Economics and similar, for the sleep-deprived
A subtle change has been made to the comments links, so they no longer pop up. Does this in any way help with the problem about comments not appearing on permalinked posts, readers?
Update: seemingly not
Update: Oh yeah!
Friday, January 27, 2012
Not being an "aggressive" or "destructive" atheist: You are doing it wrongly
Definitely on Team Dawkins rather than Team de Bum on this one. While in general I sympathise with the view that the Dawkins way of going about things is a bit counterproductive, Alain de Bottom is actually, literally proposing to build a 151ft tower, purely in order to tell Richard Dawkins to fuck off, and he does not seem to realise that this too is, in an important sense, quite a rude and aggressive thing to do.
this item posted by the management 1/27/2012 02:16:00 AM
Thursday, January 12, 2012
On prodigal sons
Henry's reference to Clive Crook in this context reminds me of an old bee I have in my bonnet about use of this parable.
That being, although the prodigal son gets his big bang-up party and calf roast to celebrate his homecoming, it is a vital part of the story that the next day he is, basically, out on his ear. Or at least, continuing to live at the mercy and on the charity of his younger brother. The line "for this thy brother was dead, and is alive again; and was lost, and is found" is immediately preceeded by "Son, thou art ever with me, and all that I have is thine". The import of that is that the younger son had taken his share of the inheritance and spent it, and that it was therefore gone. He got a calf for his party, but an already desperately unconvincing parable would have been rendered even more so if the father had said "and now he is back from all those late night coke and hooker parties, I will now redivide the patrimony up again, as if this had never happened".
The message being that when some fucker like Clive Crook changes his mind, or some dullard suddenly realises the Iraq War was a bad thing or whatever, then yes by all means shout "hurray, thank god for that". But just as hooker-boy didn't get stuck right back into position as son and heir, it doesn't mean that someone who has spent the last four years being an idiot can suddenly get all his credibility back, scot free. That's the kind of thinking that gives you the Quilliam Foundation.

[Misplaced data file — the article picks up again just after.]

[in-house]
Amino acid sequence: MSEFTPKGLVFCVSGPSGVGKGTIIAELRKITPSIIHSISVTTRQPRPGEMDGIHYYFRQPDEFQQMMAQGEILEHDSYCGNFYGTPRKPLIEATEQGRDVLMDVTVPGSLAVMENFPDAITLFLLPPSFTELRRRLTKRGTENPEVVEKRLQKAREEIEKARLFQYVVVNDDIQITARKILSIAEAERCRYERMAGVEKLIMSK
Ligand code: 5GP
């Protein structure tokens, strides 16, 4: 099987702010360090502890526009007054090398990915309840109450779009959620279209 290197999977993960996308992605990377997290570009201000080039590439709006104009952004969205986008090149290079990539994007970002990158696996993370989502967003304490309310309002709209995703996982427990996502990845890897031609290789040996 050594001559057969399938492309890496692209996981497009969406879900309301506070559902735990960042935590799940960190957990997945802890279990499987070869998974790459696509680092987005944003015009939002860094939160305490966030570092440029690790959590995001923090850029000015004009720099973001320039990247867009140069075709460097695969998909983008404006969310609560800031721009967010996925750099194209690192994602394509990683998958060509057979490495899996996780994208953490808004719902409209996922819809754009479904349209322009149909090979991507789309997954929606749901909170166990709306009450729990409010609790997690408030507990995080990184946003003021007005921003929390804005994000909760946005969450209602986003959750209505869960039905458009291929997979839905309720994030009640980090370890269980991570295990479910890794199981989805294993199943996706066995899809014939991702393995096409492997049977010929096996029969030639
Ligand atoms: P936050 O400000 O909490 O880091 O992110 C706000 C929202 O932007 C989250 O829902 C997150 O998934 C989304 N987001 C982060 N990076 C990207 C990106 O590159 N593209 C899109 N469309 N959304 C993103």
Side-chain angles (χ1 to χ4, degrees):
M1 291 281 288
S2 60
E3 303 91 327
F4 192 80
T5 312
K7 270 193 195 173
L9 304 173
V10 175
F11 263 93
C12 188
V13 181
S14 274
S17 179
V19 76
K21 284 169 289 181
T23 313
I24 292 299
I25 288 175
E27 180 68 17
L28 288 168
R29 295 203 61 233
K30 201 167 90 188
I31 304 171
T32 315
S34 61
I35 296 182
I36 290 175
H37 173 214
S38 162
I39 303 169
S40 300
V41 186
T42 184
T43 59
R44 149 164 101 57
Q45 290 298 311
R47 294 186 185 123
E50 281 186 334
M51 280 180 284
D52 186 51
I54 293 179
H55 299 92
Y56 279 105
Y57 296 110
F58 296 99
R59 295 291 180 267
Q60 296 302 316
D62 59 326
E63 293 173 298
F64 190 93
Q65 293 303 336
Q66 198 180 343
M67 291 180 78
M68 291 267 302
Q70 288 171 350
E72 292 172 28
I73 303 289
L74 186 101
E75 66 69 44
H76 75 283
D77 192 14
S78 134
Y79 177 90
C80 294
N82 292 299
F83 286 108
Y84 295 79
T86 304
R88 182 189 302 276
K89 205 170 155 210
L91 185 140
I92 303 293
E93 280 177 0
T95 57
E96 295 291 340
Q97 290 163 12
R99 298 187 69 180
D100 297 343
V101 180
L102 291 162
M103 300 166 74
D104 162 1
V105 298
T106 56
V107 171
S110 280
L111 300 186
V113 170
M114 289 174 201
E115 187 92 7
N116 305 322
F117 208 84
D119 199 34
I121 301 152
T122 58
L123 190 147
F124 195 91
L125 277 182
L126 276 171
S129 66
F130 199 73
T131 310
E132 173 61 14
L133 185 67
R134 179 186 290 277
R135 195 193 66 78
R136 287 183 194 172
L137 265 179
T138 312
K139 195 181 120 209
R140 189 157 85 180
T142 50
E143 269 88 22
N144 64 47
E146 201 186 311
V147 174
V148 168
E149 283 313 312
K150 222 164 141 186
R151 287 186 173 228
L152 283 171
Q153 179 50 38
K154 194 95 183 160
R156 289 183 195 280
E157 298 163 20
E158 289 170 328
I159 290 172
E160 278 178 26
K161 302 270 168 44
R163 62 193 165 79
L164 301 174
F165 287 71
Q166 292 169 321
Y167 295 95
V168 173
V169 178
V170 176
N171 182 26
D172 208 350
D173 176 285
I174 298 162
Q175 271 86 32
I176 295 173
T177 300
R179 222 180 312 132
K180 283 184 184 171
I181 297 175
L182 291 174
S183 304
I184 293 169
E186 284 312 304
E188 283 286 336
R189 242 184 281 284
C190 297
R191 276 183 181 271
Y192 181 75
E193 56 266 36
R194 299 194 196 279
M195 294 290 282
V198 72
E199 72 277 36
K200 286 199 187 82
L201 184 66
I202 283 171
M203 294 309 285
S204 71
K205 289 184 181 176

this item posted by the management 1/12/2012 02:50:00 PM
Wednesday, January 04, 2012
Idea for a management book "Great Ideas From Failed Companies"
The idea being that
a) things like Royal Bank of Scotland or even Enron really weren't all bad - they had to have had a lot going for them in order to get so big in the first place.
b) you are much more likely to get an objective view from something where you know the whole trajectory in advance - if you'd done "Great Ideas From Enron" in 1999, you would probably have picked on the very worst things about the company, but now everyone can see the good as well as the bad. I suspect that if you did "The Goldman Sachs Way" right now, you'd end up with a list of what was trendy in the internal culture there right now, rather than the actual strengths. You also get a more realistic sense of how some of the great strengths of a company like Northern Rock were so intimately linked to their big weakness.
c) it reduces the massive hostage to fortune of the "In Search Of Excellence" effect (notoriously, about a third of the heroes of that book were in serious financial trouble two or three years later). And in doing so, it promotes a commendable modesty in terms of what management theorists might credibly be able to deliver - rather than a magic formula that's gonna make you as great! as Yahoo!, you're saying that look, business is difficult and failure is probably inevitable in the very long run, but here are a few things that you can get right.
I wonder how difficult it would be to get former executives to talk frankly, and what stage in the Kubler-Ross grieving cycle you would do best to catch them?
this item posted by the management 1/04/2012 03:20:00 AM